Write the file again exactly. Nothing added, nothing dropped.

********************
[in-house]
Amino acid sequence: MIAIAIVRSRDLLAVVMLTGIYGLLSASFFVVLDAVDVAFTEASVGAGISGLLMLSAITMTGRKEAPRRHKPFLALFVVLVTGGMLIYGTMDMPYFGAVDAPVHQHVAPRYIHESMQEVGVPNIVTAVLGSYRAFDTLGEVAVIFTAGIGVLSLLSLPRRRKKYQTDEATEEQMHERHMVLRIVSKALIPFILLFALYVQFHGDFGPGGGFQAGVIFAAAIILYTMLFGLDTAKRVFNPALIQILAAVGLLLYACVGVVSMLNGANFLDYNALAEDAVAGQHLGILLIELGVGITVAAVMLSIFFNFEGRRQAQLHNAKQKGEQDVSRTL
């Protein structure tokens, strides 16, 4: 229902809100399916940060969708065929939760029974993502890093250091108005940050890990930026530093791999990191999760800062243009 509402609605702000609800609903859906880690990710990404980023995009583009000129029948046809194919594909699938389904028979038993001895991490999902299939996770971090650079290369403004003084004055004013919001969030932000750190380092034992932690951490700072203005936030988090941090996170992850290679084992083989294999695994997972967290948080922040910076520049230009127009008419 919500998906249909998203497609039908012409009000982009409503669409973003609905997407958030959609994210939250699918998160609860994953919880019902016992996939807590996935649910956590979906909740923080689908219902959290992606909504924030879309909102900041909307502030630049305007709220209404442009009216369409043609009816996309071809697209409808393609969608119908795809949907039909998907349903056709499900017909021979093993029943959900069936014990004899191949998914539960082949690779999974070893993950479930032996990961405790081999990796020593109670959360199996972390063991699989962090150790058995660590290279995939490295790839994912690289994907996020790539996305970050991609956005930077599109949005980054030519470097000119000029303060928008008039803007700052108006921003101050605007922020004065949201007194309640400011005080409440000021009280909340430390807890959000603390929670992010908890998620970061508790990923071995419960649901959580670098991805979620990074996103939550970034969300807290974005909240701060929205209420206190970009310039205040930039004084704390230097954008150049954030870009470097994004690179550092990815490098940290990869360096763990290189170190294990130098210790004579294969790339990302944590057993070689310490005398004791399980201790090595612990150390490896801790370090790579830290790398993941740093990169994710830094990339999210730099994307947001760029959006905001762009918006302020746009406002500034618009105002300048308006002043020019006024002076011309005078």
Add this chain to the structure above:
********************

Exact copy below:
[in-house]
Amino acid sequence: MIAIAIVRSRDLLAVVMLTGIYGLLSASFFVVLDAVDVAFTEASVGAGISGLLMLSAITMTGRKEAPRRHKPFLALFVVLVTGGMLIYGTMDMPYFGAVDAPVHQHVAPRYIHESMQEVGVPNIVTAVLGSYRAFDTLGEVAVIFTAGIGVLSLLSLPRRRKKYQTDEATEEQMHERHMVLRIVSKALIPFILLFALYVQFHGDFGPGGGFQAGVIFAAAIILYTMLFGLDTAKRVFNPALIQILAAVGLLLYACVGVVSMLNGANFLDYNALAEDAVAGQHLGILLIELGVGITVAAVMLSIFFNFEGRRQAQLHNAKQKGEQDVSRTL
């Protein structure tokens, strides 16, 4: 229902809100399916940060969708065929939760029974993502890093250091108005940050890990930026530093791999990191999760800062243009 509402609605702000609800609903859906880690990710990404980023995009583009000129029948046809194919594909699938389904028979038993001895991490999902299939996770971090650079290369403004003084004055004013919001969030932000750190380092034992932690951490700072203005936030988090941090996170992850290679084992083989294999695994997972967290948080922040910076520049230009127009008419 919500998906249909998203497609039908012409009000982009409503669409973003609905997407958030959609994210939250699918998160609860994953919880019902016992996939807590996935649910956590979906909740923080689908219902959290992606909504924030879309909102900041909307502030630049305007709220209404442009009216369409043609009816996309071809697209409808393609969608119908795809949907039909998907349903056709499900017909021979093993029943959900069936014990004899191949998914539960082949690779999974070893993950479930032996990961405790081999990796020593109670959360199996972390063991699989962090150790058995660590290279995939490295790839994912690289994907996020790539996305970050991609956005930077599109949005980054030519470097000119000029303060928008008039803007700052108006921003101050605007922020004065949201007194309640400011005080409440000021009280909340430390807890959000603390929670992010908890998620970061508790990923071995419960649901959580670098991805979620990074996103939550970034969300807290974005909240701060929205209420206190970009310039205040930039004084704390230097954008150049954030870009470097994004690179550092990815490098940290990869360096763990290189170190294990130098210790004579294969790339990302944590057993070689310490005398004791399980201790090595612990150390490896801790370090790579830290790398993941740093990169994710830094990339999210730099994307947001760029959006905001762009918006302020746009406002500034618009105002300048308006002043020019006024002076011309005078």
Add this chain to the structure above: